Originally published on December 2nd, 2013
“I have a special thing for China because I feel like the future of Africa’s prosperity is tied somewhat to China’s prosperity,” says Ghanaian entrepreneur Isaac Kwaku Fokuo.
Isaac Kwaku Fokuo, founder and board chairman of the Sino-Africa Centre of Excellence
From cheap electronics to multi-million dollar infrastructure projects, China’s presence in Africa has become hard to miss. Some analysts praise the Asian giant for bringing much needed infrastructural development to Africa while others claim China is Africa’s modern day colonial master.
Fokuo, founder and board chairman of the Sino-Africa Centre of Excellence (SACE) Foundation, a programme geared towards improving China-African relations, argues that, overall, China’s growing investment, especially in the area of infrastructure development has had positive effects in Africa and should be encouraged.
“If you look at the effect of Chinese foreign direct investment in Africa over the last 20 years, even the most sceptical of critics will agree, the effect on the ground has been quite profound. Look at countries like Kenya, Angola, Ghana, Sudan and Nigeria. The infrastructure that Africa has lacked for many years is being built by the Chinese and that is a good thing.”
The SACE runs the China-Africa Internship Programme, which “brings very smart Chinese students to Africa to intern with African companies”, says Fokuo. The programme hopes to build relationships that “will translate into physical investments in the future”, particularly in the private sector.
“The African private sector should start engaging with the Chinese private sector,” says Fokuo, who is also CEO of the African Leadership Network, a community of new-generation leaders which seeks to create prosperity in the continent.
“The relationships we build with these students goes a long way to the investment down the line. When these kids go back and now work in companies like Huawei… [they] understand how Africa works. These kids are going to influence China-Africa policy in the future and their perspective will be very different from that of someone who has never experienced Africa before.”
An international business development and finance expert, Fokuo stumbled into entrepreneurship eight years ago while living in the US.
“I wasn’t one of those kids who grew up thinking they are going to start their own company someday,” he says.
Fokuo says he worked on a project about Islamic finance and then decided to start Botho, an investment advisory firm which at the time worked with investors in Southeast Asia and the Gulf region.
When Fokuo moved back to Africa in 2010, Botho took a different turn.
“When I moved to Kenya those projects were no longer viable because the scope was different, the amount of money needed here was just too small and investors were not willing to put US$50m in the businesses we were exploring here.”
Today Botho offers foreign investors advice on investment opportunities in emerging markets. The firm holds over $250m worth of Africa-based private equity and debt transaction projects ranging from commercial real estate, healthcare, cosmetics, hospitality and agro-processing.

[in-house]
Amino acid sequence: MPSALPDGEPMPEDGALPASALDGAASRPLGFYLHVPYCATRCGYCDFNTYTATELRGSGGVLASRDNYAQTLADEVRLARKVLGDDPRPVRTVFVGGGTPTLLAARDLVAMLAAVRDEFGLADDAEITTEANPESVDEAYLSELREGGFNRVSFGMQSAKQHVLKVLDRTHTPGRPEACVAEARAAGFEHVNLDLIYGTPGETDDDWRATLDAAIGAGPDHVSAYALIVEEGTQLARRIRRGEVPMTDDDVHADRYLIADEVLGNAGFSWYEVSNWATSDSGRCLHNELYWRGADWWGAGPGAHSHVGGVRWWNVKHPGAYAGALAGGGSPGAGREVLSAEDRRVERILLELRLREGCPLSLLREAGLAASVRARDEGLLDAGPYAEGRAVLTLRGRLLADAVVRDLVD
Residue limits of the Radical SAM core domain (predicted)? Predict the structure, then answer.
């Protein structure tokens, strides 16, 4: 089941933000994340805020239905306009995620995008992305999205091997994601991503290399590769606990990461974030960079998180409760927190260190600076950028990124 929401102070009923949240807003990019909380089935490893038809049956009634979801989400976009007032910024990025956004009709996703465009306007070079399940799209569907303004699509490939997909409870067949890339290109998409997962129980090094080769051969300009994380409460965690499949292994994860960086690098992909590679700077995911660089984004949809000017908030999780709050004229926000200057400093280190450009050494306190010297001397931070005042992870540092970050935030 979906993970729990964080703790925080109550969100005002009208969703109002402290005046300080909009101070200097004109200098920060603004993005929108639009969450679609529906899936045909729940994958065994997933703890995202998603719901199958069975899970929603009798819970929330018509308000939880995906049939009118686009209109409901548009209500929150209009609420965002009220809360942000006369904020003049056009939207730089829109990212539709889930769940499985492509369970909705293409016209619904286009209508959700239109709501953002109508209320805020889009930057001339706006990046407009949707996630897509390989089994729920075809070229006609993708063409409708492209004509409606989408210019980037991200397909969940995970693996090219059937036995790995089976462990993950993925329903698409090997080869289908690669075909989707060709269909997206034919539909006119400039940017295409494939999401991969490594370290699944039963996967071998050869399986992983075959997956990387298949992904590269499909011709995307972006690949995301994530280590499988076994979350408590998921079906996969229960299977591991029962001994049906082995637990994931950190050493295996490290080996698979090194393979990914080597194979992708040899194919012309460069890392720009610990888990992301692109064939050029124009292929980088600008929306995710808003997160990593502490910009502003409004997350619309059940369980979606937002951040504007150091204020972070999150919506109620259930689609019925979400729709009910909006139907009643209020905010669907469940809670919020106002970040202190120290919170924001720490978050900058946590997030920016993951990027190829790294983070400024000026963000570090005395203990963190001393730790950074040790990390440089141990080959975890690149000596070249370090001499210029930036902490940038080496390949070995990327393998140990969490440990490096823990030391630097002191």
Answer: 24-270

“In the investment space in Africa everyone complains about the lack of data and my philosophy is it’s not lack of data, its lack of creativity in finding good data sets,” says Fokuo. “What we do at Botho is to find the data that investors need to make intelligent business decisions, then we communicate this to investors in a language they understand. We use this as a platform to also link entrepreneurs and investors. We see a strong appetite among investors all over the world for projects to finance in Africa.”
Perception and skills training
One of the major hurdles Botho faces in working with foreign investors is the perception that Africans “are not good enough”.
“If I go and sit across [from] an investor and I put a document in front of him and I say to him this is a good product and my colleague from Brazil puts a similar document in front of him, the investor is likely to go with my Brazilian colleague.”
Access to human resources, Fokuo says, is also a major challenge.
“I passionately believe that whatever we need to do, we can do as Africans. I have met and worked with very intelligent, highly educated and entrepreneurial Africans who work really hard. My frustration is that at a macro-level, we have good education systems, but we are yet to translate good education into hard, market-ready skills. We need to do that, and we need to nurture a worker bee work ethic in our youth, so that the intern that walks through the door is prepared for work, both in terms of skills and attitude.”
Some of the lessons Fokuo has learnt in entrepreneurship include accepting and overcoming failure and ensuring proper execution of strategy.
“Everyone tells you failure is an important lesson in entrepreneurship and while that is cute to say, the reality feels like having the wind knocked out of you by a huge gorilla. If you are an entrepreneur and you fail or things don’t go your way, you need to be able to get up the next day and give it another shot no matter how tough or painful it is,” says Fokuo. “Don’t always expect the obvious and don’t be stuck in your ways and your mission statements. But you should also allow people to safely fail. Otherwise you stifle enterprise.”